Measure your video reach on YouTube

Impressions, impressions click-through rate, and unique viewers on YouTube
You can use YouTube Analytics to better understand your channel's reach on YouTube. See how big your active audience is, the number of times your video thumbnails were shown on YouTube, and how these thumbnail impressions turned into views and watch time. See more tips for using impressions and click-through rate data.

Reach information includes the following metrics: 

  • Impressions: How many times your thumbnails were shown to viewers on
  • Traffic sources for impressions: Where on YouTube your video thumbnails were shown to potential viewers
  • Impressions click-through rate (CTR): How often viewers watched a video after seeing a thumbnail
  • Unique viewers: Estimated number of people who watched your videos

You can use this information to design your content strategy, see how well your titles and thumbnails work, and even use it to inform your brand deals.

Impressions data does not include instances where viewers find your content through external sources, like embeds on websites, blogs, social media, or in YouTube notifications. Impressions and impressions click-through rate data are available from January 1, 2018.

Note that these metrics are meant to give a general sense of your audience and reach — make sure to review your other channel and video metrics to get a full understanding of performance. Additionally, to protect viewer privacy, "unique viewers" are derived estimates to give you a sense of the number of people who viewed your videos.

What are impressions & CTR?

What is an impression?
Impressions data shows how many times your video thumbnails are shown on YouTube. Think of each impression as your potential reach on YouTube and an opportunity to earn a view. 
An impression is counted every time a video thumbnail is shown to someone on It's important to understand that not every instance where a viewer sees a video thumbnail will count as an impression and that not all views come from thumbnail impressions.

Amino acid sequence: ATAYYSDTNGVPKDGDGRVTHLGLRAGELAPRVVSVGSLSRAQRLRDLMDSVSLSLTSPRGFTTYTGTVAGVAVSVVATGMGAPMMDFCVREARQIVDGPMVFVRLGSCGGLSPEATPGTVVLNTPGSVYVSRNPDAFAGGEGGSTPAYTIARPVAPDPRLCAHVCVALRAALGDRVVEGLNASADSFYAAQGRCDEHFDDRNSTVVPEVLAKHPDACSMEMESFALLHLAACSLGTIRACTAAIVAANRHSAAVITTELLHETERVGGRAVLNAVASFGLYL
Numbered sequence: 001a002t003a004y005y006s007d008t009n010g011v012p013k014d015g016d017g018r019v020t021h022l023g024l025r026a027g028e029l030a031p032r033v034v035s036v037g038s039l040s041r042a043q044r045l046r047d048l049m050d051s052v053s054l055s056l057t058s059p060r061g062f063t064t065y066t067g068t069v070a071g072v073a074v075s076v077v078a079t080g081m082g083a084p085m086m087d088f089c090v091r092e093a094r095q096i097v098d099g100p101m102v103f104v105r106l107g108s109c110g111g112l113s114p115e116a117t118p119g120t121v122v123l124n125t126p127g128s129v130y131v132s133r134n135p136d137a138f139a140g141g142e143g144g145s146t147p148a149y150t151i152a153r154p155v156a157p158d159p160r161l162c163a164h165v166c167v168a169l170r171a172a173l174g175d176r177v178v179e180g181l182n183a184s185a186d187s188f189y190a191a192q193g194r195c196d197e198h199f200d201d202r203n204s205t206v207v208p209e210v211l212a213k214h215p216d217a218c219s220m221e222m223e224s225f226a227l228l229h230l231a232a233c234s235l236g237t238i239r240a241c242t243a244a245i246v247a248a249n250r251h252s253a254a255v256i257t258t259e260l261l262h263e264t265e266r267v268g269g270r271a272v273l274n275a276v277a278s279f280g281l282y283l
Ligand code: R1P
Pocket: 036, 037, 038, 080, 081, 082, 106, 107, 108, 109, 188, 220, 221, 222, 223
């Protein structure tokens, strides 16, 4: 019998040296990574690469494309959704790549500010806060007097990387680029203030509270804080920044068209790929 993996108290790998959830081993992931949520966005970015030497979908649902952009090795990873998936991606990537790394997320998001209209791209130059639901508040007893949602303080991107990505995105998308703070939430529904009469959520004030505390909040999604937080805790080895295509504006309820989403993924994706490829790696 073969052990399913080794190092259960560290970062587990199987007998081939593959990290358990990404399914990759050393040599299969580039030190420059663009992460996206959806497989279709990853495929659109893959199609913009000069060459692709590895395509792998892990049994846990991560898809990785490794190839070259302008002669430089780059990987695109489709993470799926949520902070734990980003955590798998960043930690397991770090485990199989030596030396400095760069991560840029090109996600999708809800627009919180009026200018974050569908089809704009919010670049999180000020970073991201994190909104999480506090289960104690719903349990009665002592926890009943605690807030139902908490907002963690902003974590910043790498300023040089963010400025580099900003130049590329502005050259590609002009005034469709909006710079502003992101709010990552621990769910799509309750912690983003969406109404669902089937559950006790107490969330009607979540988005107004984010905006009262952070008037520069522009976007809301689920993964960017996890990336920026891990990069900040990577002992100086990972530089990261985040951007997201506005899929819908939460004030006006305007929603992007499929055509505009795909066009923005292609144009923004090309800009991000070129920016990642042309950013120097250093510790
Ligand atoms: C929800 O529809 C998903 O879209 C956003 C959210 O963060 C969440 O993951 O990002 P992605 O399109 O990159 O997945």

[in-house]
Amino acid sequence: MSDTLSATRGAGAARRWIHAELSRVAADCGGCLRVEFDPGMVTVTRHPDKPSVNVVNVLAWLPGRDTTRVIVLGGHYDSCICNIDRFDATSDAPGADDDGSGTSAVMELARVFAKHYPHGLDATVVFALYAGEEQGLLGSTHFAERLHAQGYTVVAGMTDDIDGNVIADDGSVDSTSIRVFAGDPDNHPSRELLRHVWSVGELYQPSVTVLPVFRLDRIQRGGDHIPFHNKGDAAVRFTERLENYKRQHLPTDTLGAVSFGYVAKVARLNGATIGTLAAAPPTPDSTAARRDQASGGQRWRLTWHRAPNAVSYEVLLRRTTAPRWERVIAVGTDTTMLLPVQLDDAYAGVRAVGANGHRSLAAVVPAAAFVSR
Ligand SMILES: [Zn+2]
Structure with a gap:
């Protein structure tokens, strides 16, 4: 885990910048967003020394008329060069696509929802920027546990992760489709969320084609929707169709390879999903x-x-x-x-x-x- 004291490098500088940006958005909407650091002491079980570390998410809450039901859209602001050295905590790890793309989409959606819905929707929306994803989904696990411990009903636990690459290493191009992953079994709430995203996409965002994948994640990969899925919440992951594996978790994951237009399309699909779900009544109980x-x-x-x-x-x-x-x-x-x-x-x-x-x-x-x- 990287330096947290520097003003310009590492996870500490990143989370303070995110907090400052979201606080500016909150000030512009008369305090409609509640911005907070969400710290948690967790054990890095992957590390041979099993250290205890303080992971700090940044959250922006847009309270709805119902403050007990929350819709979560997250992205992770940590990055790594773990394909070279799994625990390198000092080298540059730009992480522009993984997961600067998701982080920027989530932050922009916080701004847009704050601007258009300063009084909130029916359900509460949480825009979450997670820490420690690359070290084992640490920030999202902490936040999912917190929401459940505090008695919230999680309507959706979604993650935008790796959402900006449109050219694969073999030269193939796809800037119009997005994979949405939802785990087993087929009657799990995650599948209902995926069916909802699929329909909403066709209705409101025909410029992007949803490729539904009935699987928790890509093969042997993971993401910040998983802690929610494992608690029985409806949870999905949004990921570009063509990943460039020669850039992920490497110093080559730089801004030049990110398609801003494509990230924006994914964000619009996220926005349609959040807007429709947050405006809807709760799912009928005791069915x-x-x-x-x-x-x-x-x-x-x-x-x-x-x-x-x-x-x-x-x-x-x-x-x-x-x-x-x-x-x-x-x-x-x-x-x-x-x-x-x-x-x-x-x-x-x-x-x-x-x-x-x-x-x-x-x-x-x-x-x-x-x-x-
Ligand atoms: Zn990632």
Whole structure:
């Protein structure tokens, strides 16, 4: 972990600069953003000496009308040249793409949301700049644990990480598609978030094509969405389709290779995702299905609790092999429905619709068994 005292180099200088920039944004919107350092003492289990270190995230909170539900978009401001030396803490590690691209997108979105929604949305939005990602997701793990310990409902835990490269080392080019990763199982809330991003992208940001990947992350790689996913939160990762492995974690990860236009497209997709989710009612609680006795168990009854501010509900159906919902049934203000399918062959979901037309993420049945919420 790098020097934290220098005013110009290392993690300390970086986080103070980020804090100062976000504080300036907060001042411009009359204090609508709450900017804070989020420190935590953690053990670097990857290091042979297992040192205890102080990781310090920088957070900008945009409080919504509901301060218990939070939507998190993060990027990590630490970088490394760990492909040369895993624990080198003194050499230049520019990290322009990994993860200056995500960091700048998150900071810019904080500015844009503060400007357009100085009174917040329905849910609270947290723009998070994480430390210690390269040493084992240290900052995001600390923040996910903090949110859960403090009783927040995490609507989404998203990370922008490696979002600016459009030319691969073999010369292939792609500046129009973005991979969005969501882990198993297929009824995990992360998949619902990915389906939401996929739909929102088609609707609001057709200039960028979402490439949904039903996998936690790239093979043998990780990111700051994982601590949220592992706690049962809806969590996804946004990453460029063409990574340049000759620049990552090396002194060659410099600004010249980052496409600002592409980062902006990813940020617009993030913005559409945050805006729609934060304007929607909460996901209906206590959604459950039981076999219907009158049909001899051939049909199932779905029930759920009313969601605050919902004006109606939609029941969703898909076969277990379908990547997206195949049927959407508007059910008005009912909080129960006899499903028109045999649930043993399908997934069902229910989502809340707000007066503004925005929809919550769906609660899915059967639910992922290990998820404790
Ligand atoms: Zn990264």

In cases where impressions are counted, we count an impression when we can detect your thumbnail was visible to a user (e.g., we may count a thumbnail when it was shown for more than one second and at least 50% of the thumbnail is visible on the screen).

Impressions are registered  Impressions are not registered
  • Search results
  • YouTube Home page
  • YouTube feeds (subscriptions, trending, history, watch later)
  • "Up Next" recommendations on the right side of the video player (includes autoplay)
  • Videos in playlists
  • External websites and apps (i.e., links and embeds outside of
  • YouTube mobile website
  • Videos on YouTube TV,  YouTube Kids, and YouTube Gaming apps
  • Content within the video player (i.e., in cards, or end screens)
  • Videos in email or push notifications
  • Videos that play in the background tab (no visible impression)
  • Videos whose thumbnails are less than 50% visible and/or visible for less than one second
  • TrueView video discovery ads
Note: Impressions can take longer to be calculated than views, so you may temporarily see zero or a limited number of impressions when looking at your latest upload.

How can I use this data?

Impressions information can help you understand which videos were surfaced most by YouTube and what made them successful. For example, you may be able to understand if there a specific topic or format that is more successful or that has exceptionally high or low impressions reach. 

What is impressions click-through rate?
Impressions click-through rate, or CTR, shows you what percentage of your impressions on YouTube turned into views. This measures how often viewers watched a video after seeing a registered impression.
Keep in mind that while some of your views come from registered impressions, some views might come from sources that are not counted as impressions, such as views from links shared outside of YouTube.